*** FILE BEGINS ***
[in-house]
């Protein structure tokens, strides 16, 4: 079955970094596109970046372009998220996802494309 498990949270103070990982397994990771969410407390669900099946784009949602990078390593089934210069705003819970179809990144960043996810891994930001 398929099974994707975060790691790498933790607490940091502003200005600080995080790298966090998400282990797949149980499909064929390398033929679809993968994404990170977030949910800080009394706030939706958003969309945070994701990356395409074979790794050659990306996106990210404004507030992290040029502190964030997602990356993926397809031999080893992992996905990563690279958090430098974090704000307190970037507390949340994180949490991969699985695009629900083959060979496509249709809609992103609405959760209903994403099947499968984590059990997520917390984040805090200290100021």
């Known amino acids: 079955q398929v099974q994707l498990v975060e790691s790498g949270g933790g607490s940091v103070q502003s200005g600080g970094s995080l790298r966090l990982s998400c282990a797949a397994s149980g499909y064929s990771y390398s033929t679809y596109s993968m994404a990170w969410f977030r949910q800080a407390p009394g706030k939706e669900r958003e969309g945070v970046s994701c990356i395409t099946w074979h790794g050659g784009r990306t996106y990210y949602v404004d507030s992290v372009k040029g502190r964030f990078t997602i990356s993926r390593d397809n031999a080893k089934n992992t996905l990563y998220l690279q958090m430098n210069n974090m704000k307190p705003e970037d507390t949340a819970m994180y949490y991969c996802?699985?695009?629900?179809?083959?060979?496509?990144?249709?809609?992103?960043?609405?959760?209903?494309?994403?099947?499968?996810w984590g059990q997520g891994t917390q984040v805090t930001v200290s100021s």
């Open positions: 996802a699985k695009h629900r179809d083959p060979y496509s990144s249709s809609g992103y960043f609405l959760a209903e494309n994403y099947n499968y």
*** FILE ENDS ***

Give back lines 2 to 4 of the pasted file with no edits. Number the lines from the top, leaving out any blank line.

């Protein structure tokens, strides 16, 4: 079955970094596109970046372009998220996802494309 498990949270103070990982397994990771969410407390669900099946784009949602990078390593089934210069705003819970179809990144960043996810891994930001 398929099974994707975060790691790498933790607490940091502003200005600080995080790298966090998400282990797949149980499909064929390398033929679809993968994404990170977030949910800080009394706030939706958003969309945070994701990356395409074979790794050659990306996106990210404004507030992290040029502190964030997602990356993926397809031999080893992992996905990563690279958090430098974090704000307190970037507390949340994180949490991969699985695009629900083959060979496509249709809609992103609405959760209903994403099947499968984590059990997520917390984040805090200290100021």
């Known amino acids: 079955q398929v099974q994707l498990v975060e790691s790498g949270g933790g607490s940091v103070q502003s200005g600080g970094s995080l790298r966090l990982s998400c282990a797949a397994s149980g499909y064929s990771y390398s033929t679809y596109s993968m994404a990170w969410f977030r949910q800080a407390p009394g706030k939706e669900r958003e969309g945070v970046s994701c990356i395409t099946w074979h790794g050659g784009r990306t996106y990210y949602v404004d507030s992290v372009k040029g502190r964030f990078t997602i990356s993926r390593d397809n031999a080893k089934n992992t996905l990563y998220l690279q958090m430098n210069n974090m704000k307190p705003e970037d507390t949340a819970m994180y949490y991969c996802?699985?695009?629900?179809?083959?060979?496509?990144?249709?809609?992103?960043?609405?959760?209903?494309?994403?099947?499968?996810w984590g059990q997520g891994t917390q984040v805090t930001v200290s100021s």
């Open positions: 996802a699985k695009h629900r179809d083959p060979y496509s990144s249709s809609g992103y960043f609405l959760a209903e494309n994403y099947n499968y």